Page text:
Exciting Times for Education

Technology is helping us to learn in ways we could never imagine before.

By using New and Emerging Technologies (uNET), today’s practitioners, and/or their learners, now have tools that can make learning happen in ways that, not so long ago, were impossible.

Now…

Learners can create impressive “end products” that, in the past, would have required lots of equipment and/or money.Photo 30-05-2015 21 37 25

  • the smartphones, that most of us carry in our pockets, are much more powerful than the technology that was used to send man to the moon.
  • all of us can use our smartphones, and/or other devices with access to the Internet, to meet virtually anyone on the planet.
  • These are exciting times for education and some learning providers and their learners are making the most of them by using New and Emerging Technologies (uNET).

How?

Well here’s just a few examples…

  • Audio – Learners can create their own radio shows, podcasts and more; telling creative stories or collecting audio evidence for research via interviews. Those recordings can be shared widely, just like radio shows have been for years, but for free. e.g. Recording/editing audio files using Audacity and placing them in Dropbox and sharing links with others to connect with large audiences.
  • Collaboration – Learners are working together in digital spaces. They can connect whether they’re in different learning environments or different countries. No longer is the absence of a, assignment/project, team member an excuse for incomplete work. Assignments/projects documentation etc., should now be “shared work”, online; including 24/7 access by all (including practitioners). e.g. Using Google Documents to create shared research notes or co-creating essays/papers.
  • Satellite imagery – Learners can access detailed maps and photos taken from satellites to see any place in the world. e.g. Learners use Google maps and/or Google Earth for virtual field trips, to create maps of their own including layers each holding appropriate data, to measure distances and/or areas and more.
  • Social media – Communication tools like Twitter, Facebook, Instagram and others gives everyone access to virtually anyone with an Internet connection. Hashtags let learners send messages to anyone searching for that specific keyword. e.g. Learners can connect with authors, scientists, researchers, politicians, celebrities and more for unique learning experiences.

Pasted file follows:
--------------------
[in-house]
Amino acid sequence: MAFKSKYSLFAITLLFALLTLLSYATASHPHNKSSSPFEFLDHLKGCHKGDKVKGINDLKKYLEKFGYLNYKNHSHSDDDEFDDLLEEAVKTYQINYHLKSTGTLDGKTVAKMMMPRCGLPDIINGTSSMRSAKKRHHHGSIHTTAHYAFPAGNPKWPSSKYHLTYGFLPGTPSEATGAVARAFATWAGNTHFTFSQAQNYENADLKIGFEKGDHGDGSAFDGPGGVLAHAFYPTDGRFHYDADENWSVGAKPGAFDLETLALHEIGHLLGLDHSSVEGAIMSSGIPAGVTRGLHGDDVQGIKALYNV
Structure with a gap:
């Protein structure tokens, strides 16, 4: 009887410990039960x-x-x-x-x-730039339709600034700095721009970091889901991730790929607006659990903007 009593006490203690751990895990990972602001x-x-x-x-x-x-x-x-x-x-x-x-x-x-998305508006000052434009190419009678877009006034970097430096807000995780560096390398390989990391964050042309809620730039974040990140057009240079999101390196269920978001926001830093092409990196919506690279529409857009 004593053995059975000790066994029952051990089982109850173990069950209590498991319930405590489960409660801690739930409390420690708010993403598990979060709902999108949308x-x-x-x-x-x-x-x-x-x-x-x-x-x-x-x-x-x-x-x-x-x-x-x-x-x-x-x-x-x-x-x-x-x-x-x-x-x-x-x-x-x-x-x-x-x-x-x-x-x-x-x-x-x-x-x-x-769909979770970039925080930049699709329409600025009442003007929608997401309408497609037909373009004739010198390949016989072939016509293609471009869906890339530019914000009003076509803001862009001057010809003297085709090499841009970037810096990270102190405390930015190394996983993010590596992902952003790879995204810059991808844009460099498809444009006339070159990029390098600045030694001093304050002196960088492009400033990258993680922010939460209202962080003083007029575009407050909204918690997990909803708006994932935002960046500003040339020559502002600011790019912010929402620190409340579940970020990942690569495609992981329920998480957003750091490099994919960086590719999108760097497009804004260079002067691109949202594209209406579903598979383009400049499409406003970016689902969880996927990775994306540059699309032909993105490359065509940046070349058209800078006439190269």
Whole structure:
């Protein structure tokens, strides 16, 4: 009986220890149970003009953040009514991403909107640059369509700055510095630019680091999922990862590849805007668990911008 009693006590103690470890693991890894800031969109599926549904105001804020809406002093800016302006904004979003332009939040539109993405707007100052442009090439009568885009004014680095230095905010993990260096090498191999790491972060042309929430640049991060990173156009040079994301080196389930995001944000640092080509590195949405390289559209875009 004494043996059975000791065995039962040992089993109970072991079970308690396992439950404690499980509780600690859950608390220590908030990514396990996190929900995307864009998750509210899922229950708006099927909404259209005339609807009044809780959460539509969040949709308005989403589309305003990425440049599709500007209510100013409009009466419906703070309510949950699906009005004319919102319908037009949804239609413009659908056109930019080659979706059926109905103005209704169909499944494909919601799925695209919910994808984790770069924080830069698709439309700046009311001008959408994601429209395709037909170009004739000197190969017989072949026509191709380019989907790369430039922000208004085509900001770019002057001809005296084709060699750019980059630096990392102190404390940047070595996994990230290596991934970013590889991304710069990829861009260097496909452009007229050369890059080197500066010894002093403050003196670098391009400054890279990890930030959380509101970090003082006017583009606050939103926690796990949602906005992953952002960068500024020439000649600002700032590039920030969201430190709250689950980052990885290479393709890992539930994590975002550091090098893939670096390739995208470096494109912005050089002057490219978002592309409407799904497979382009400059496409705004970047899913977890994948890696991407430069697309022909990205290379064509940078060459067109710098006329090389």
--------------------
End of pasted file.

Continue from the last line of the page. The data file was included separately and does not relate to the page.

• Video – Quality video projects used to require expensive cameras and production equipment. Now, a tablet, computer webcam or smartphone can create high-definition video that demonstrates learners’ understanding of content. e.g. Creating quick videos from slideshows using VCRec. Ideal for communicating understanding or, for practitioners, producing clips for “Flipped Learning”
  • Video chat – communication via social media becomes even more engaging when audio and video are involved. Learners can share with others around the globe while seeing facial expressions and verbal intonations of others. e.g. Courses can pair up with other courses around the world to work cooperatively on projects and share through Skype or Google Hangouts.
  • Web Presences – These days, learner work doesn’t have to be completed for an audience of one —“the practitioner”. It can be posted on course blogs and/or a course website and/or a learner’s e-portfolio for appropriate stakeholders to see. e.g. Learner ePortfolios allow all stakeholders, including the learner, their practitioner, their employers, internal and/or external verifiers, course leaders, etc. to view 24/7 “wherever they are!”

I could go on but that’s enough as a taster.Photo 30-05-2015 21 35 58

So, why aren’t more learning providers…

  • encouraging the use of learner smartphones, rather than banning them in learning environments?
  • using New & Emerging Technologies (uNET)?

Good questions! I can’t think of any good reasons – can you? 

John Dalziel
(retired eLearning Adviser)

 

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